Archive for June, 2016


Thursday, June 23rd, 2016


It’s just a couple of months to go to our summer event celebrating the amazing times we had at the Granary.


It has been all of thirteen years since our first Granary reunion event and the fact that we’re still here bringing you the classic rock night to remember proves that the Granary always brought you the best in rock - live or on record. Do join us on the 28th August and we guarantee you’ll have a truly memorable time going wild to your favourite classic rock. Bring all your friends - they’ll love it too. PS. DJ Super-Ed is working on a special Prog Rock playlist for the warm-up spot which begins at 7.30pm. Not to be missed under any circumstances. It is sure to feature several of the splendid Prog Rock bands that graced the Granary stage in the 70’s, plus a few more who didn’t, but should have done. I blame the guy booking the bands for that !!



Karen has once again provided us with some shots taken at the Granary. This time she had her camera at the ready when MAGNUM played the club on 2nd February 1985.


WEAPON, who played the club a couple of times in the early Eighties, sent us this picture taken with Les Pearce who had recently been upgraded from door security to general manager.




Granary fan Wendy Isaacs posted this request last month -

“My brother played in a band in the Granary many times during the 70’s. I was too young to remember and the family cannot remember what the band was called. He died aged 31 in 1983 but I would love to see if anyone remembers him, the band or even better, if there are photos of them playing. His name was Paul Fuller and I know that on one occasion they went on first, loaded the van and enjoyed the rest of the night there only to find that all their instruments had been stolen from the van!!!”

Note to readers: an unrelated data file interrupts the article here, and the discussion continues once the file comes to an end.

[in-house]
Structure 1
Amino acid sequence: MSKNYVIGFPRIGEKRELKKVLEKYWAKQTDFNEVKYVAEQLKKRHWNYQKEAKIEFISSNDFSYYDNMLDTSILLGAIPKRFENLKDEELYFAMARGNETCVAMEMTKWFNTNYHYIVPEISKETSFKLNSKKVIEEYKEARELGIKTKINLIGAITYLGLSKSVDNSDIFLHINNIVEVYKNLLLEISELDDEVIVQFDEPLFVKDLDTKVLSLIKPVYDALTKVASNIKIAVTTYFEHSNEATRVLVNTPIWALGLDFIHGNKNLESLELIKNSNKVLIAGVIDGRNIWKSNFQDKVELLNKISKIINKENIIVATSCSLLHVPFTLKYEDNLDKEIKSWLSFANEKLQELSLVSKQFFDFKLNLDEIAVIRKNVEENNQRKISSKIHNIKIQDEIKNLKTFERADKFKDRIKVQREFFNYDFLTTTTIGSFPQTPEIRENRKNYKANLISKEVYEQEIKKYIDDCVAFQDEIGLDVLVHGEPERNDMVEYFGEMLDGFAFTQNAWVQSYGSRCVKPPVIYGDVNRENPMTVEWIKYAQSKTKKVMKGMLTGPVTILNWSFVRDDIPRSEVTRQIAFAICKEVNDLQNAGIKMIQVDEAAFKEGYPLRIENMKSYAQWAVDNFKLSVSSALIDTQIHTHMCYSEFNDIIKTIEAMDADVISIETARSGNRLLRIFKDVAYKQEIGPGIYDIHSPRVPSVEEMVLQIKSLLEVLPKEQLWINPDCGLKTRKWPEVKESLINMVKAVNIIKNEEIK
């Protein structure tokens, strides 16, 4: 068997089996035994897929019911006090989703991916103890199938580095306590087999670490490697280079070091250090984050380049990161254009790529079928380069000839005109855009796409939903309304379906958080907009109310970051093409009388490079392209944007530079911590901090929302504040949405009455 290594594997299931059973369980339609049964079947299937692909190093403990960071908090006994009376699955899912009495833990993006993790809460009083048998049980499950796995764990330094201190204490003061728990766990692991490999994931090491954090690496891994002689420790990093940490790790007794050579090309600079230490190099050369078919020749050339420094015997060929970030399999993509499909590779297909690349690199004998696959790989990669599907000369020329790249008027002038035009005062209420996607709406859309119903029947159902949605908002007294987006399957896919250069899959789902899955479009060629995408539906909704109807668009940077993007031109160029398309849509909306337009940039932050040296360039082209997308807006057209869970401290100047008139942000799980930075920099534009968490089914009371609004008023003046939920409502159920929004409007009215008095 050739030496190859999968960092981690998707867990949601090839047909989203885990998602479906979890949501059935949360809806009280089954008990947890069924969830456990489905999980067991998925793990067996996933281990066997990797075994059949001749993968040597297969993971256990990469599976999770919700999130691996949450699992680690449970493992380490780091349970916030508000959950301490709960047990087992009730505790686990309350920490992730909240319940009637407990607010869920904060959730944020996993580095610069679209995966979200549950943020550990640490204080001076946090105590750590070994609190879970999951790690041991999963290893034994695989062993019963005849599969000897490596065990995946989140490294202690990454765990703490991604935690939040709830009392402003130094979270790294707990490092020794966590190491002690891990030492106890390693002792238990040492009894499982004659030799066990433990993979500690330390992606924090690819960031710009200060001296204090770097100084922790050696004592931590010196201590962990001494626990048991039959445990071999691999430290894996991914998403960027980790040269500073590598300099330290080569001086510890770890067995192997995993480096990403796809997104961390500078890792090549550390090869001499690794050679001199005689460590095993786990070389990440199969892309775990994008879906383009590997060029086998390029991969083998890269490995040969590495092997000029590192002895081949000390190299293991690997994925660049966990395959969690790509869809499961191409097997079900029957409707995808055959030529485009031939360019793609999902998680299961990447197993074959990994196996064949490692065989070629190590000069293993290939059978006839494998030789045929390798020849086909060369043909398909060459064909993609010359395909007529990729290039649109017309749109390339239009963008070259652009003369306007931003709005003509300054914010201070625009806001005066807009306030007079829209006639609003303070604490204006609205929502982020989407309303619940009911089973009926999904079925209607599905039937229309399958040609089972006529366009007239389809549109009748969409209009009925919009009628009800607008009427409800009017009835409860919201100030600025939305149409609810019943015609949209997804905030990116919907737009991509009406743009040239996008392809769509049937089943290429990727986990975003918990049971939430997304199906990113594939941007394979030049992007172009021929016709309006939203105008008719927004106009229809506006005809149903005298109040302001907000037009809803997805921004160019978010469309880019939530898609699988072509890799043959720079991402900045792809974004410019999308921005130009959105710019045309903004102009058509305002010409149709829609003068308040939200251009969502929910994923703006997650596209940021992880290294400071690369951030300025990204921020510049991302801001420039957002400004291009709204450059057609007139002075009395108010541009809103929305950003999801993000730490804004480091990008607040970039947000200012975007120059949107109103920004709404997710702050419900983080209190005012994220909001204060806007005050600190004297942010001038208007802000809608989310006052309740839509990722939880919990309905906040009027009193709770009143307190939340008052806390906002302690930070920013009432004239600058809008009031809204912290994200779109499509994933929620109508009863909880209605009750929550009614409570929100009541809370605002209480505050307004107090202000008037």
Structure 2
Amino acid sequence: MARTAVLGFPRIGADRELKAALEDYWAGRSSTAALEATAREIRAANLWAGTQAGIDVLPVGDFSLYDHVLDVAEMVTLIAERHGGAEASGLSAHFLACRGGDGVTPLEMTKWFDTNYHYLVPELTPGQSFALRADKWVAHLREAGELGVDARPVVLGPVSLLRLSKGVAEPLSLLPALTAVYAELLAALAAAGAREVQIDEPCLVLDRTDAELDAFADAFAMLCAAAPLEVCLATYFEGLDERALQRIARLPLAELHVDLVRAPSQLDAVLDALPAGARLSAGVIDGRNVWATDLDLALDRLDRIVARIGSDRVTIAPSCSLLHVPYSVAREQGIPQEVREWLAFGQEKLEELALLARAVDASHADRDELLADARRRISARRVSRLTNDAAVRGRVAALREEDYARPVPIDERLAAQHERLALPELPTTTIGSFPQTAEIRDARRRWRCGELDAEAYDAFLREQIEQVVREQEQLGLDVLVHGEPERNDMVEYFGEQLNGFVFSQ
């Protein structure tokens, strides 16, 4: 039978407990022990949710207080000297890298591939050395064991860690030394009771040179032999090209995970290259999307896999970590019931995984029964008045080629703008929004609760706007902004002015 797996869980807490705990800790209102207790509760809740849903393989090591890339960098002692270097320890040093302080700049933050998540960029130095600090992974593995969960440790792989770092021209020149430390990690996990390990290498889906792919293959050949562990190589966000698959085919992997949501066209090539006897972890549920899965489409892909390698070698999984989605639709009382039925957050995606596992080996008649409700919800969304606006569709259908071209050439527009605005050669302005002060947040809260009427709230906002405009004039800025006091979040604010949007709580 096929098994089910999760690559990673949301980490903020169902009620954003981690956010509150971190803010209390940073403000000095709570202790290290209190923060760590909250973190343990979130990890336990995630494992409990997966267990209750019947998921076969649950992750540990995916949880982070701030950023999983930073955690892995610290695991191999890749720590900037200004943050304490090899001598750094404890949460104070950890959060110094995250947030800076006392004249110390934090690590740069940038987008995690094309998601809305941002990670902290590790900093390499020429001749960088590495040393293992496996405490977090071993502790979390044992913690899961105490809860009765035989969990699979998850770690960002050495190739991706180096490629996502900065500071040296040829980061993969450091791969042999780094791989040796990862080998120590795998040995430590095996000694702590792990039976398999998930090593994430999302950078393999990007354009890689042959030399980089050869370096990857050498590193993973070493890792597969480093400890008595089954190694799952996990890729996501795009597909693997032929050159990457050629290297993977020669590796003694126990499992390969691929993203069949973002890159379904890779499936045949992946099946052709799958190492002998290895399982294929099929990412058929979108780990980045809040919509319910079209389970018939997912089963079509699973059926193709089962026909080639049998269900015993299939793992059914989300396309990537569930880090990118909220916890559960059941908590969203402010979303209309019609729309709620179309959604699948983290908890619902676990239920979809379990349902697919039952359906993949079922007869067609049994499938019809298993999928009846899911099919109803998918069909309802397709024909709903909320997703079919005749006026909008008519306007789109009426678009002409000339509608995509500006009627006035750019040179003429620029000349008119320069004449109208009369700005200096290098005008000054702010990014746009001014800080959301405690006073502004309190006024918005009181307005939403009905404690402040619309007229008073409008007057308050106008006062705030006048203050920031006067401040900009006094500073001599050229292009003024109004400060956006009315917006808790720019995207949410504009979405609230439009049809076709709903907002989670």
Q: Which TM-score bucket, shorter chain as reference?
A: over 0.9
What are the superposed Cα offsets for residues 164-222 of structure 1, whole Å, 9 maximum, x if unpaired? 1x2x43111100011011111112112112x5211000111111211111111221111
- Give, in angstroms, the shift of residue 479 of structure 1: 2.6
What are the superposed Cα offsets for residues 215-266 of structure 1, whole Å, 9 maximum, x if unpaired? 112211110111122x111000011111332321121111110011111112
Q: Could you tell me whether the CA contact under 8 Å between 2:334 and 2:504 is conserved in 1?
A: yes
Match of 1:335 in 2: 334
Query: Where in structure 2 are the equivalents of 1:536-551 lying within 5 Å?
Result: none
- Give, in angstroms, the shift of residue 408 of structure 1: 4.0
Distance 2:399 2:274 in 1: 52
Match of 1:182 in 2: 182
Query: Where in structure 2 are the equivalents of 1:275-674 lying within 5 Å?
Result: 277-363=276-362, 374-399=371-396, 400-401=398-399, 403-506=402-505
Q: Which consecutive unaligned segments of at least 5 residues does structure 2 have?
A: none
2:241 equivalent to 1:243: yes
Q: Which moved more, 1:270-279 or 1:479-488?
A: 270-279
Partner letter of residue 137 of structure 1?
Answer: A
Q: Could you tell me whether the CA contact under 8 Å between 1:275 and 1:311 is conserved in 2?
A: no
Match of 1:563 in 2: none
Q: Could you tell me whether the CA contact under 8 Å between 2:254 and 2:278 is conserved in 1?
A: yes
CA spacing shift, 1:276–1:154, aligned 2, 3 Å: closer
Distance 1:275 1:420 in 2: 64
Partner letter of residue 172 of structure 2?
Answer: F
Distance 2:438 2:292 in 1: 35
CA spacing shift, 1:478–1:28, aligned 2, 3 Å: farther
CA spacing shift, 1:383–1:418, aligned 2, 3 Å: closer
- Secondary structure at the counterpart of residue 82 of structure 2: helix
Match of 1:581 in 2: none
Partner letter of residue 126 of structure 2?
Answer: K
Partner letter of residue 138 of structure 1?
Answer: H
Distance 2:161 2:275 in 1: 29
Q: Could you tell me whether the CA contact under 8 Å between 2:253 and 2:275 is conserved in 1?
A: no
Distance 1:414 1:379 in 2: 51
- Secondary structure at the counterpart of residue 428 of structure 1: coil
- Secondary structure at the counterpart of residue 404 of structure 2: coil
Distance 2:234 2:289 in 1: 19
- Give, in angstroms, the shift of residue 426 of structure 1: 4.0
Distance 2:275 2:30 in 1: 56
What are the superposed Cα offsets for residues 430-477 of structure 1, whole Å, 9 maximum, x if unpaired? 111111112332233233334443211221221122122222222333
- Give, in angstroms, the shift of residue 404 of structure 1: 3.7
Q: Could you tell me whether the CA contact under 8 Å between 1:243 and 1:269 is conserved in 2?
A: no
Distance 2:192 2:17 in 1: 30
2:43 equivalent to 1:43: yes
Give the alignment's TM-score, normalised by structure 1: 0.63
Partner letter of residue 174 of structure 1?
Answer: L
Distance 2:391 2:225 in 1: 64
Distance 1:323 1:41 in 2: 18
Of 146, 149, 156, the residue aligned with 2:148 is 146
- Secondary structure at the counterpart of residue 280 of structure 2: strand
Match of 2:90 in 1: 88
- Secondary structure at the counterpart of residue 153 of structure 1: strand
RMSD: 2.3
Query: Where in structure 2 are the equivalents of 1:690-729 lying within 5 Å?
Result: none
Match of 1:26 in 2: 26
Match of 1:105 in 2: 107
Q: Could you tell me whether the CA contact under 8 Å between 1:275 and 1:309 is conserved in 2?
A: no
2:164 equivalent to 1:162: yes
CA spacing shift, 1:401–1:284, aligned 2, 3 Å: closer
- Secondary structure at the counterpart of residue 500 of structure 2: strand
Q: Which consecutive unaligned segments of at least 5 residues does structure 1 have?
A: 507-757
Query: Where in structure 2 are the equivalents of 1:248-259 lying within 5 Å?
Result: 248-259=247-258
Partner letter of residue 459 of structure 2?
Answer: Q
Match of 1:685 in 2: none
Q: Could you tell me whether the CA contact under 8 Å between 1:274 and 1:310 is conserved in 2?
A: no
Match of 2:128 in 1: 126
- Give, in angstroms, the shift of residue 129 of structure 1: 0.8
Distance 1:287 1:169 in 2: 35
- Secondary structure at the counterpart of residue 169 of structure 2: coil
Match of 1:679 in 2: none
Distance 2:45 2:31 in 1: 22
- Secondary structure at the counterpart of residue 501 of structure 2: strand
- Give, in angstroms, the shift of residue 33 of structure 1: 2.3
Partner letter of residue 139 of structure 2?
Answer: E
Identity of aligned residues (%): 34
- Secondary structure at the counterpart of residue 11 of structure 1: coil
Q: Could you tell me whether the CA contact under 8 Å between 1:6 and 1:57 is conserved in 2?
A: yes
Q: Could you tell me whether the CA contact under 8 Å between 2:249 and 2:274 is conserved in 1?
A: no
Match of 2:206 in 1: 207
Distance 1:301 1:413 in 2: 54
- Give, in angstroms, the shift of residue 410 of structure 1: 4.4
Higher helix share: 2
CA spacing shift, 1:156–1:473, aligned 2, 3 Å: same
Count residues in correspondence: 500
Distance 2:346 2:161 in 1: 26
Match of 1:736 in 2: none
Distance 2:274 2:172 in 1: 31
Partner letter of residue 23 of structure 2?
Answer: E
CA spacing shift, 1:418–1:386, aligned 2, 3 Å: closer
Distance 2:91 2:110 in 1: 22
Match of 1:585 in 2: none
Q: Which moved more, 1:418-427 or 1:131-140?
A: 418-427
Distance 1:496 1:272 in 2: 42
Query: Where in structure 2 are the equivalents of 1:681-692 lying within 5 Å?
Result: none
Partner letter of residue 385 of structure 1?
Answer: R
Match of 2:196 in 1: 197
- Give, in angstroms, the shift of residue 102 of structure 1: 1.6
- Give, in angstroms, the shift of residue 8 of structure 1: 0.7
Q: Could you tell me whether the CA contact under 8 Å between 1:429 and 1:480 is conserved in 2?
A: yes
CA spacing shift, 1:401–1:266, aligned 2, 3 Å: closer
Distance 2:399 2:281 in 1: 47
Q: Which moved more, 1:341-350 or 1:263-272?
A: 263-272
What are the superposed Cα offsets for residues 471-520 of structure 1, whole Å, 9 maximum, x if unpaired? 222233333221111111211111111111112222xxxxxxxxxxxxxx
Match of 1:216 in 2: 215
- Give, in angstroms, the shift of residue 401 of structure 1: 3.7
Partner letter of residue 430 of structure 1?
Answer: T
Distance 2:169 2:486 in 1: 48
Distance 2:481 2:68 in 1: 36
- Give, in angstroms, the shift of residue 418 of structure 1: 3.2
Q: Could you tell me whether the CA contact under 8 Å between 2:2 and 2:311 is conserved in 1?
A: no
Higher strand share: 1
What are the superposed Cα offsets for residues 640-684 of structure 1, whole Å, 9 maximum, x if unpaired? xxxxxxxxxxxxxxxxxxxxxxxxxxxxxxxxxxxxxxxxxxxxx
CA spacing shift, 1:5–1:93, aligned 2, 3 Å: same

Soon afterwards this reply was posted from Charlie Hart -

“I was the drummer in the band, it was called Blizzard, we supported the Gary Moore Band on 24th August 1972. I remember Paul very well. I still have loads of audio tape of rehearsals. Yes the van was broken into, a bass and maybe a guitar was stolen whilst we watched Gary Moore. Gary let us use his Wem pa in return for borrowing our mike stand. Paul played a black Jedson copy of a Gibson Les Paul. I have a photo of members of the band which I need to find in my boxes of bits and pieces, I have one with Paul with very long hair taken at the Mendip Gate pub where we rehearsed. The band members were Pete on Bass, Mick Miller also on guitar, Paul Hawkins on vocals.”

The follow up from Wendy -

Wow…that is fantastic news!! It would be so amazing to see photos of him and to hear him playing would be the icing on the cake (quite emotional too) My older sister Lorraine used to watch him play but I was too young. (He was 18 when I was born) He tried to teach me guitar but gave up because I was rubbish.

A final post from John Furlong said “And that my friends is why Facebook can be superb”.



Bristol’s very own Stormtrooper were ahead of the ‘N.W.O.B.H.M’, as they had originally formed in the mid 1970’s. But they were right in there more than holding their own with the likes of Def Leppard, Iron Maiden, Saxon and Motorhead in terms of seeing their music released in the slip-stream of that catch-all ‘brand identity’. Their passion, talent and ambition enabled them to launch themselves to gain recognition, and their hard work and blistering live shows paid off when ‘Pride Before A Fall’ became one of the singles released through the unlikely means of local Heartbeat Records operation, run by Simon Edwards in Bristol. ‘Pride’ roared its’ way into the ‘Heavy Metal’ chart at 23 in Sounds in its’ first week of release. It reached the heady heights of number 11 after. Now the other recordings made by the band in that era, are available on ‘Pride Before A Fall - The Lost Album’. Songs like ‘In The State In the City’ and ‘Still Coming Home’ showcase the bands’ unique blend of Bob Starling’s distinctive and passionate blazing guitar attack, with the driving force of an electrifying rhythm section. Nick Hancox’s technically brilliant and energetic drumming fused with Colin ‘Boggy’ Bond’s knock down the walls bass playing, and his definitive use of Moog bass pedals which brought another dimension to the textures in the music. In the best traditions of a great rock band, this was topped by the rock power and vocal range of singer, Paul Merrell. A lost gem that’s rock gold and is worthy of being in any genuine rock fans music collection.


Stormtrooper played the Granary at least five times between 1976 and 1979.


Band members will be joining us at the next Granary reunion event to sign copies of the album that will be available on the night. More about this in our next newsletter. If you want to get in first and pre-order a copy now and hear extracts of album tracks then click to visit Archive Records